…And the MOBO Best Jazz Act goes to… We are still beaming from ear to ear because Zara has made us feel so very proud with her win at his year’s 2014 MOBO Awards on 22 October at the Wembley Arena. It’s really heartening to see young talented alumni rise to international award recognition. As Zara remarked in the Evening Standard: “It took me a while to get it into my head that I’m an artist in my own right. I grew up wanting to be a session singer because of the variety, but then I ended up doing more and more lead vocals” — with Gary Crosby’s ska-themed orchestra Jazz Jamaica, and the house music project Bopstar — “and here I am.” Thank you Zara.
Zara McFarlane: Congratulations on winning your Award
Zara’s acceptance speech said it all, when she acknowledged that the award meant for support for jazz.
We already know how difficult it is for jazz artists to break through and reach new audiences. The competition is fierce. No matter how talented, creative or innovative jazz musicians are, the industry continues to promote and serve up other ‘popular’ genres, making it difficult for our jazz voices to be heard. Jazz needs this kind of platform.
Over the past decade, Tomorrow’s Warriors alumni have featured in all but one of MOBO jazz awards – this is indeed a testament to the consistent investment Tomorrow’s Warriors is making and our extensive track record developing quality artists. After all, it’s all about the long game, not only putting back time, focus and strength into supporting young talent, over and over again, but also being a beacon to inspire others like Zara and Peter.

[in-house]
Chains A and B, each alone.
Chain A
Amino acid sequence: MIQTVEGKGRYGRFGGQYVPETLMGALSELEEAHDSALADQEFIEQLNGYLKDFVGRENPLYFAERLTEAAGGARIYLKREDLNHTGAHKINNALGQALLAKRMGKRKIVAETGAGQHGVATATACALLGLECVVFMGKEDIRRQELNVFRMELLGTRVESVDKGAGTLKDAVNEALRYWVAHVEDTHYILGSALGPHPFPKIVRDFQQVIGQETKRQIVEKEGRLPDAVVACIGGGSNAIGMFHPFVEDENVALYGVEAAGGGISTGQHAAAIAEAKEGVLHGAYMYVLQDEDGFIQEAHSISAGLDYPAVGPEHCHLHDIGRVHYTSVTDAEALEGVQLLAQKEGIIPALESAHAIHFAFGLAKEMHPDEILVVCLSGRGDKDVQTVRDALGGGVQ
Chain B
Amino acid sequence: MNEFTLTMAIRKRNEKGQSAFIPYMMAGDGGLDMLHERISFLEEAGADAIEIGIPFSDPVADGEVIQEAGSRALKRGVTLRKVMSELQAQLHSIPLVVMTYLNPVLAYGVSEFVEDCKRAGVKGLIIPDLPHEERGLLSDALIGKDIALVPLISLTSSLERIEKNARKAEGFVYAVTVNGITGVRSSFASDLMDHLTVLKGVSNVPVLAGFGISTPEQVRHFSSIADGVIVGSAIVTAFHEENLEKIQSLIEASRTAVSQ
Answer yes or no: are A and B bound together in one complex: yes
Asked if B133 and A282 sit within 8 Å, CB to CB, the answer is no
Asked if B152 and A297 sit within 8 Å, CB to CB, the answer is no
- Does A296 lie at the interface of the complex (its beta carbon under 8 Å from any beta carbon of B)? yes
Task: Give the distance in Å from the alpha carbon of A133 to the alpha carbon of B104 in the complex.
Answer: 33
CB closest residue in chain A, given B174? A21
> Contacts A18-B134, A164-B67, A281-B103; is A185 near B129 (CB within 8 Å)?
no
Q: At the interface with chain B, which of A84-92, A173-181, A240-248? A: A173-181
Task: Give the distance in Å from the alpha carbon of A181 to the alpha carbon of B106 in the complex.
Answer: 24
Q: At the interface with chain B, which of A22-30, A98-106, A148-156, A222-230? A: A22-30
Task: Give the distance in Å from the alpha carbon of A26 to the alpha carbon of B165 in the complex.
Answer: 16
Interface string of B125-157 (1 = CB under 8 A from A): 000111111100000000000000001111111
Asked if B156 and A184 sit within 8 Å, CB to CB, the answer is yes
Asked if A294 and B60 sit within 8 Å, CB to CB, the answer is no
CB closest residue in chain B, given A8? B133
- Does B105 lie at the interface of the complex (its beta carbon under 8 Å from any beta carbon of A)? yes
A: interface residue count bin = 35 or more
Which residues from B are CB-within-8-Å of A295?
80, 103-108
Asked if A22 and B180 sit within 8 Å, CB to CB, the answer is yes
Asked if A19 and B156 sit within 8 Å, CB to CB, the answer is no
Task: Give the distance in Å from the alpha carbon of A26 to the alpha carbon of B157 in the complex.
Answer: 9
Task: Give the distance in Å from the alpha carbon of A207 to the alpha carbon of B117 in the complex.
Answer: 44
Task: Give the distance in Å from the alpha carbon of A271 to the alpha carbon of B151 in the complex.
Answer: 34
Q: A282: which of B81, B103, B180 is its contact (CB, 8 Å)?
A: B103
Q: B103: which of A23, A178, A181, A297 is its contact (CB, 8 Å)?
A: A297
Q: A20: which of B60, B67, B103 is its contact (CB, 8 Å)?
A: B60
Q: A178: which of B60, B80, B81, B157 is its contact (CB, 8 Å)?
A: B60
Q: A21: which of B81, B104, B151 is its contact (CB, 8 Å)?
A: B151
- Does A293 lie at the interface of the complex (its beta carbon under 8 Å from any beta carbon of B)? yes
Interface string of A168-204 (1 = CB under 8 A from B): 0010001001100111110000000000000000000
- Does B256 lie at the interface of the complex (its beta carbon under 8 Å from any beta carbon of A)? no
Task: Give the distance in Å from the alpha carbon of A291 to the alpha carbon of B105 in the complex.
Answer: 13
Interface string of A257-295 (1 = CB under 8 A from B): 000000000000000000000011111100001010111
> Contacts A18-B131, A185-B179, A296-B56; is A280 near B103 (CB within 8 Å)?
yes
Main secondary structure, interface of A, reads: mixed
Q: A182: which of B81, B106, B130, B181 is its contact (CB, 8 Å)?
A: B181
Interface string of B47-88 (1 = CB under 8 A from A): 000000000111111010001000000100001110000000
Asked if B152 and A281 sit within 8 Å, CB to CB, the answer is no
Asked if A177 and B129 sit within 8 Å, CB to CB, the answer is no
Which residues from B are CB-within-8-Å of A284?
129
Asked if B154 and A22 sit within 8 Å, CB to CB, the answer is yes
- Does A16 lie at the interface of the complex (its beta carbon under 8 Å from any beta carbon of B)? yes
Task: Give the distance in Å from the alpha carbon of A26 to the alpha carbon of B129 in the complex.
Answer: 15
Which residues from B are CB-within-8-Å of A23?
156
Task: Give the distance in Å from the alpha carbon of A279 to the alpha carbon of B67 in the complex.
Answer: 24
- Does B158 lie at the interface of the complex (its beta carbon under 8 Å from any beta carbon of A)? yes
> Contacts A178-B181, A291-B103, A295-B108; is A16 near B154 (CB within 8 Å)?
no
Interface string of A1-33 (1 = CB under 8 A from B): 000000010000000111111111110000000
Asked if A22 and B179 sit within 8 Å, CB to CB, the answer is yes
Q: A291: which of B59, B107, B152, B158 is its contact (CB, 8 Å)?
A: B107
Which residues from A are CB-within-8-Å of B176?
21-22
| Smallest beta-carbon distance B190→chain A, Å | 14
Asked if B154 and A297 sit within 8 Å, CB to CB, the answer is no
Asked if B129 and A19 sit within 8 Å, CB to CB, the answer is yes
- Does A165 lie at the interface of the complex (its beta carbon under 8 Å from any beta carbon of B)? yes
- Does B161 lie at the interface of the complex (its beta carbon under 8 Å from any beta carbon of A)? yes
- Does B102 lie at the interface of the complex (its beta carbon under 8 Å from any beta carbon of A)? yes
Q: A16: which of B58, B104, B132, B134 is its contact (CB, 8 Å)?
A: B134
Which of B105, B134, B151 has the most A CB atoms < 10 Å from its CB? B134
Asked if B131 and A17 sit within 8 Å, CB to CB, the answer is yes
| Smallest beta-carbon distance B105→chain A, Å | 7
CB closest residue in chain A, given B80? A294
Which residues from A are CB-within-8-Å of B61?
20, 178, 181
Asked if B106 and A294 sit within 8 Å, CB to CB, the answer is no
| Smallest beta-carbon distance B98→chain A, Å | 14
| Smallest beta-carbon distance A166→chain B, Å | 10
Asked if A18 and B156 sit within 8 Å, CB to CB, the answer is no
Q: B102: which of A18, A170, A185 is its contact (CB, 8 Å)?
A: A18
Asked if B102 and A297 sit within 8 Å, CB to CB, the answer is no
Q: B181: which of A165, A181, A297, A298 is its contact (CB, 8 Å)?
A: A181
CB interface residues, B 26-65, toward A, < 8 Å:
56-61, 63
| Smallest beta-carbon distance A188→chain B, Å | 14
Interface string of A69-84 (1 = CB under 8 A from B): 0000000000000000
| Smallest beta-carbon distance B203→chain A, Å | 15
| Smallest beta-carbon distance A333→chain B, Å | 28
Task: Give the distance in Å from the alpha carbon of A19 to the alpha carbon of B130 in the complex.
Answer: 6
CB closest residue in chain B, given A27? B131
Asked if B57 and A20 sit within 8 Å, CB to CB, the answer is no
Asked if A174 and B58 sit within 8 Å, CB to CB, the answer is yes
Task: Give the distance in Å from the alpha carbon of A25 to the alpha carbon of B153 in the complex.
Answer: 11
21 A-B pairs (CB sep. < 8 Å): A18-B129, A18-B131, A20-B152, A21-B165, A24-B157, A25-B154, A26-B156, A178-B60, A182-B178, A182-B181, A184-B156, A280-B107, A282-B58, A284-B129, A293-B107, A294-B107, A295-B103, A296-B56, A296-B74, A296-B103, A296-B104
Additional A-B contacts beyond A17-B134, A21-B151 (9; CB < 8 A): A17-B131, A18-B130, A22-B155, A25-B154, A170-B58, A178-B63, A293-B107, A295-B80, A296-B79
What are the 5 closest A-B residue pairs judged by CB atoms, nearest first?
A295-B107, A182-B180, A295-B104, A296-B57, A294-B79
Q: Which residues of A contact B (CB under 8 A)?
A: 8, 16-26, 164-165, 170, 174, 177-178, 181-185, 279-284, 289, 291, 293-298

The MOBO awards has given a platform to a huge number of artists across the music of black origin spectrum, being the first to acknowledge Jazzie B with his first ever award of any description back in 1996 – even though he had already had UK Number One hits in the late 1980s. Most recently MOBO got behind Emilie Sandé and Rita Ora right before they became huge. Last year, four of the five nominees for the MOBO jazz award were alumni of Tomorrow’s Warriors and this year, two nominees are our alumni. In fact, there have been very few instances over the past decade when a Tomorrow’s Warriors alumnus was not nominated! Congratulations and full credit to Zara – she’s an amazing talent and embraces what’s exciting among young jazz performers today. As John Fordham said earlier this year, writing in The Guardian “her imaginative improvising joining fluent operatic leaps and expressively speech-like sighs and hesitations.” A true vocal powerhouse with so much more potential to put on her the road to being one of jazz greats.
The question is how far can jazz musicians go compared to their counterparts in other genres? The bottom line is that there’s simply not enough investment in, or acknowledgement of jazz artists and, frankly, even in a music awards show aimed at celebrating black music, it’s simply too hard, almost impossible to get noticed among the mega music wagon of Hip Hop, Grime, R&B and ‘Urban’ music. Help us change this!